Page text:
In Israel, German foreign minister expresses concern over annexation plan

Jun 10, 2020

Visiting Israel on June 10, German Foreign Minister Heiko Maas expressed serious concern over Prime Minister Benjamin Netanyahu’s intention to promote his West Bank annexation plan. Maas urged Israel’s government to avoid any unilateral steps and return to the two-state solution.

Speaking at a joint press conference with Israeli Foreign Minister Gabi Ashkenazi, Maas said, “I repeated here today the German position as well as our serious concerns as a special friend of Israel of the possible consequences of such a step.” Maas stopped short of threatening Israel with sanctions, simply stating, “I have not set up any price tags. We are in agreement in the [European Union] that we seek dialogue. Today, I am in Israel to be informed about the plans of the new government.’’ In an effort to preserve a positive approach, Maas tweeted, “What we need now is fresh, creative impetus to revive the talks between Israel and the Palestinians. We are prepared to work towards this together with our partners in Europe and the region if this is requested.”

Maas’ visit comes only three weeks before Germany takes over the presidency of the EU on July 1. This role will push Germany into an uncomfortable corner, especially since July 1 is also the date set by the unity government for the deal that enables Netanyahu to bring up his annexation plan for a vote. Traditionally considered Israel’s most important ally within the EU, Germany would rather not be the one sanctioning Israel over implementing sovereignty over West Bank settlements.

Germany is not standing at the forefront of the countries pushing to sanction Israel in case of annexation, but it has not refrained from voicing its concerns and warning Israel of the possible implications of such a step. Already in November 2019, Chancellor Angela Merkel’s spokesperson, Steffen Seibert, addressed Netanyahu’s annexation plan, saying, “We are calling on the Israeli government to refrain from actions that could hamper a two-state solution.’’ On April 30, Germany’s ambassador to Israel, Susanne Wasum-Rainer, was one of the 11 European envoys who registered a demarche with Israel’s Foreign Ministry, warning against the annexation plan.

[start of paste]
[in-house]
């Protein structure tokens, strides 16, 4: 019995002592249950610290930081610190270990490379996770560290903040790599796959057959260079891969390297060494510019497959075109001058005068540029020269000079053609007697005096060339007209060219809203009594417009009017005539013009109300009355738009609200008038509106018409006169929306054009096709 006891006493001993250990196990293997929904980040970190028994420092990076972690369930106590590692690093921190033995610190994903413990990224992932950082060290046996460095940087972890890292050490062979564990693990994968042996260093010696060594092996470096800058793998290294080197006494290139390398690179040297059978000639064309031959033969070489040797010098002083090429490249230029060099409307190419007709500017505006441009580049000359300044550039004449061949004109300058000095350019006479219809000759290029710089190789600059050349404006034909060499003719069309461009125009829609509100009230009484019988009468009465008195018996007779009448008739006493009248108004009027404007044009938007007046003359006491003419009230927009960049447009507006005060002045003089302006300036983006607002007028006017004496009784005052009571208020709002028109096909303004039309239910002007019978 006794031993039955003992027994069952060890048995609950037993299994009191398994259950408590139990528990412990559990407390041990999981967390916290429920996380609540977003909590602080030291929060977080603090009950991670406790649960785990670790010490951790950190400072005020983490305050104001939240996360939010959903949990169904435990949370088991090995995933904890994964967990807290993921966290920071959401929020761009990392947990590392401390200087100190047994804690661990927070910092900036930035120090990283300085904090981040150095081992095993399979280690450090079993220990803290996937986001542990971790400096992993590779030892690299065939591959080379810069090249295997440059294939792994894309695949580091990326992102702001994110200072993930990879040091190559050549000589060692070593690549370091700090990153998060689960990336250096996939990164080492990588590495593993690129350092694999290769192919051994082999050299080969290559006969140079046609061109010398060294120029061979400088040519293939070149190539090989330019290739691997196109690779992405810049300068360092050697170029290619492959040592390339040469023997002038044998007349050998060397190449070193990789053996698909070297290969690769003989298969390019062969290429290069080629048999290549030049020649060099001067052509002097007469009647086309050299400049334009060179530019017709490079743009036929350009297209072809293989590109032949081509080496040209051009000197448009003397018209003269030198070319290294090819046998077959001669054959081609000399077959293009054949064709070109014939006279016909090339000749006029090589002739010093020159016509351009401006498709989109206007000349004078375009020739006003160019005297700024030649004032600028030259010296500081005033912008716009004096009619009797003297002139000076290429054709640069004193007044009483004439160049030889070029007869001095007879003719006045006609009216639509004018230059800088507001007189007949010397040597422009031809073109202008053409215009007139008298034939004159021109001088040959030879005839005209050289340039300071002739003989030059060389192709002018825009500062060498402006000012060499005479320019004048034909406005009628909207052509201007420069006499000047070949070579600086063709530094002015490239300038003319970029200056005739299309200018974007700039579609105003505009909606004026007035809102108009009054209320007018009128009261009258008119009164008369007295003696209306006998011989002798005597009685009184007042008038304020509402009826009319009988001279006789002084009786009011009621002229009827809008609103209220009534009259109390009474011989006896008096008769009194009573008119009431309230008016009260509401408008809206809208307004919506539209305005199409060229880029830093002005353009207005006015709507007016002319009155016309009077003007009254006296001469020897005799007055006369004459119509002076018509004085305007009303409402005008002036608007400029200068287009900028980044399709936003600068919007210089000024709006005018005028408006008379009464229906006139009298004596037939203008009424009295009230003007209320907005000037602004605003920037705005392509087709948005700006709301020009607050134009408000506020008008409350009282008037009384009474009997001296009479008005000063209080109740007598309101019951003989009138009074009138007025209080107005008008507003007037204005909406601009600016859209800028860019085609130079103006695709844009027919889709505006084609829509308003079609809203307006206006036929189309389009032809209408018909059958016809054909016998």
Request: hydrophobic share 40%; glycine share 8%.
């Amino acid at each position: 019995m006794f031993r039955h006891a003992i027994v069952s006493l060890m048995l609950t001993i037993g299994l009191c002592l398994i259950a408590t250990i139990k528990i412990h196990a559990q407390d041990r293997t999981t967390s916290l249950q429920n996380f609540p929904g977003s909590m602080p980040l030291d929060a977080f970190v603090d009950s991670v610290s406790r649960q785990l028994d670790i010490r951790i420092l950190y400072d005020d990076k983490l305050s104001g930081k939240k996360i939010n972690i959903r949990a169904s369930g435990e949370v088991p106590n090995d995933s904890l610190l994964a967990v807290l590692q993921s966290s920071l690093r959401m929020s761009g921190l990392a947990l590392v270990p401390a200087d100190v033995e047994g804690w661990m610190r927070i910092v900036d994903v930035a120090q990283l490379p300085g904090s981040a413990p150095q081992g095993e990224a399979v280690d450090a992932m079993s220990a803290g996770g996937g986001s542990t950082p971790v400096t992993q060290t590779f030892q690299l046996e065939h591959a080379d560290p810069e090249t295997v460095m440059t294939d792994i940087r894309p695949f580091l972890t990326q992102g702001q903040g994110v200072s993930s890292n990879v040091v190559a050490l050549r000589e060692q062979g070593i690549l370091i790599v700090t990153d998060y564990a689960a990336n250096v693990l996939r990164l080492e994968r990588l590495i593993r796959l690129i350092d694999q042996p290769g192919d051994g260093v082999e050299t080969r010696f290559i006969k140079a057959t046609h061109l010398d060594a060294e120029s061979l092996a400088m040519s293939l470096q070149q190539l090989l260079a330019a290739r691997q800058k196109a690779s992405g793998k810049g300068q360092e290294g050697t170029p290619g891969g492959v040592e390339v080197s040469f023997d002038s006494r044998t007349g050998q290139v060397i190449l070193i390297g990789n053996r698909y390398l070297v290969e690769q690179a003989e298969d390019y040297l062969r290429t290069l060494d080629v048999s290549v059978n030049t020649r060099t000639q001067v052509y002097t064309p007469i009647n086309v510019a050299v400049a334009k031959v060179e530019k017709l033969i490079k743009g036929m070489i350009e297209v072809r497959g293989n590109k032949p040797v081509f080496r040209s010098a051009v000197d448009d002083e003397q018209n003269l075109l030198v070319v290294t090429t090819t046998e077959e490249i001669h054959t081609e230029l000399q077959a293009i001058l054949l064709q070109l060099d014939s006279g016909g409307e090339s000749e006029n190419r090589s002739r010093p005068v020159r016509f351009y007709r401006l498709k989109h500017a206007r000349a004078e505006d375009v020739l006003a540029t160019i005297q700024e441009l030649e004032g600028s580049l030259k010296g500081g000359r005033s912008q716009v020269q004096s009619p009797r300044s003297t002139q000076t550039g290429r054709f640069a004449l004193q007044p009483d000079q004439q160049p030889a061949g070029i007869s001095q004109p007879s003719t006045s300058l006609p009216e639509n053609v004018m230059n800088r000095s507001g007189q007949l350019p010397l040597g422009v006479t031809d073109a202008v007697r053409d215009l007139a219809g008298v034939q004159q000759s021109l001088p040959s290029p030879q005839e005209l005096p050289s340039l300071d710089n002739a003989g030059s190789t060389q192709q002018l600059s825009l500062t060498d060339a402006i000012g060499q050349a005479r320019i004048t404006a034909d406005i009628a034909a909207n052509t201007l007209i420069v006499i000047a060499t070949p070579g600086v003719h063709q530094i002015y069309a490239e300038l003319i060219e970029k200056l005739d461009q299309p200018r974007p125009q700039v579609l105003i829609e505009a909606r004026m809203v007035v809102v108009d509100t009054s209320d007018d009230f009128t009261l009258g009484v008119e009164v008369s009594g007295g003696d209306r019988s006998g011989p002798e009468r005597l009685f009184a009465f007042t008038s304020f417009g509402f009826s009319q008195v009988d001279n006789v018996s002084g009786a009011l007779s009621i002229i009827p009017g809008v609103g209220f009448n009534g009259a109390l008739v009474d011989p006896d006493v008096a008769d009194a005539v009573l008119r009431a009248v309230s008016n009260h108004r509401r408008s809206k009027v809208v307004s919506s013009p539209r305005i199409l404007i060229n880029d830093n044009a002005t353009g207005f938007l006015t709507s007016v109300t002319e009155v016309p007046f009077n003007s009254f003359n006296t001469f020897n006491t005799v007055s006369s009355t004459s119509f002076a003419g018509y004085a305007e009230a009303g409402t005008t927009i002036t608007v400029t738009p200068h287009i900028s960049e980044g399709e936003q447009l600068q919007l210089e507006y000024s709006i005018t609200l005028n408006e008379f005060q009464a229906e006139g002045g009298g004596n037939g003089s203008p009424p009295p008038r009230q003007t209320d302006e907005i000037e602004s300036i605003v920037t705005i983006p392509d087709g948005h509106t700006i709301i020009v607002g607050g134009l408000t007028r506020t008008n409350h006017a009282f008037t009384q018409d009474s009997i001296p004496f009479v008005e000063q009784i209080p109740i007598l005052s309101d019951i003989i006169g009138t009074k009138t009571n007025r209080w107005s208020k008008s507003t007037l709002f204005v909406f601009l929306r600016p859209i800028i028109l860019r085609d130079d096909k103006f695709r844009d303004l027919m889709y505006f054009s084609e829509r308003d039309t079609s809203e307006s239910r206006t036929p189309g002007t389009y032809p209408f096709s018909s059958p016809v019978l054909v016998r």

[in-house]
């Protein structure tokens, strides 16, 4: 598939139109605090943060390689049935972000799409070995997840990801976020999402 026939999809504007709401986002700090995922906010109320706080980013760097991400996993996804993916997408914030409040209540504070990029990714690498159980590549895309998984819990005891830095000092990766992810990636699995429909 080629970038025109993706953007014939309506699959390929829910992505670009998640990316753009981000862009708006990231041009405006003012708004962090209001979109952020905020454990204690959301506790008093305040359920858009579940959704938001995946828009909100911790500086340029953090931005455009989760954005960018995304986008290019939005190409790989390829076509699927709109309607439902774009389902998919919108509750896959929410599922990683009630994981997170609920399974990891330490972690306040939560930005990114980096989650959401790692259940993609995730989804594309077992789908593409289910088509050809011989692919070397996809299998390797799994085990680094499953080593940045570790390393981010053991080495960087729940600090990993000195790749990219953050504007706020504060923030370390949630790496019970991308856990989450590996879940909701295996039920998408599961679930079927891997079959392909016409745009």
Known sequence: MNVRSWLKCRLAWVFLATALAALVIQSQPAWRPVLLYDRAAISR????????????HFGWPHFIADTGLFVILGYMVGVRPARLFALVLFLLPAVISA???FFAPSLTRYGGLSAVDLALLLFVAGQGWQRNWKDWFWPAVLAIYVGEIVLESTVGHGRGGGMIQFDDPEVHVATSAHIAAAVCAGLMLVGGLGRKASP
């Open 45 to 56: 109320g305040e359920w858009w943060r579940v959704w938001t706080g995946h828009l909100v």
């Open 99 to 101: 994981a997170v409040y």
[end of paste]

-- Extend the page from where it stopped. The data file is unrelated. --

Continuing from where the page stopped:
Still, Berlin would rather not be caught between its alliance with Israel and the Israeli plan it considers to be a blatant breach of international law. Berlin estimates that such a dilemma would be counterproductive, leading to a breakup in the dialogue between Jerusalem and Brussels. There are also German diplomats who estimate that European sanctions won’t be enough to stop Netanyahu’s race to annexation.

Addressing German concerns, Ashkenazi signaled that no decision has been taken so far by the government over Netanyahu’s plan, and he pledged that US President Donald Trump’s peace plan “will be implemented responsibly, in full coordination with the United States, while maintaining Israel’s peace agreements and strategic interests. We intend to do it in a dialogue with our neighbors.” Defense Minister and alternate Prime Minister Benny Gantz related to Maas the same message in their meeting, telling him that Trump’s plan would be promoted responsibly and through large international dialogue. Is that something that Maas could take with him as insurance to his meetings in Amman this evening? Not so sure.

More so, Netanyahu offered Maas little to go on. He told his German guest that the world should stop “feeding the illusion of displacing people from their homes,” adding that “any realistic plan must recognize the Israeli settlements in the area and not feed the illusion of displacing people from their homes.”

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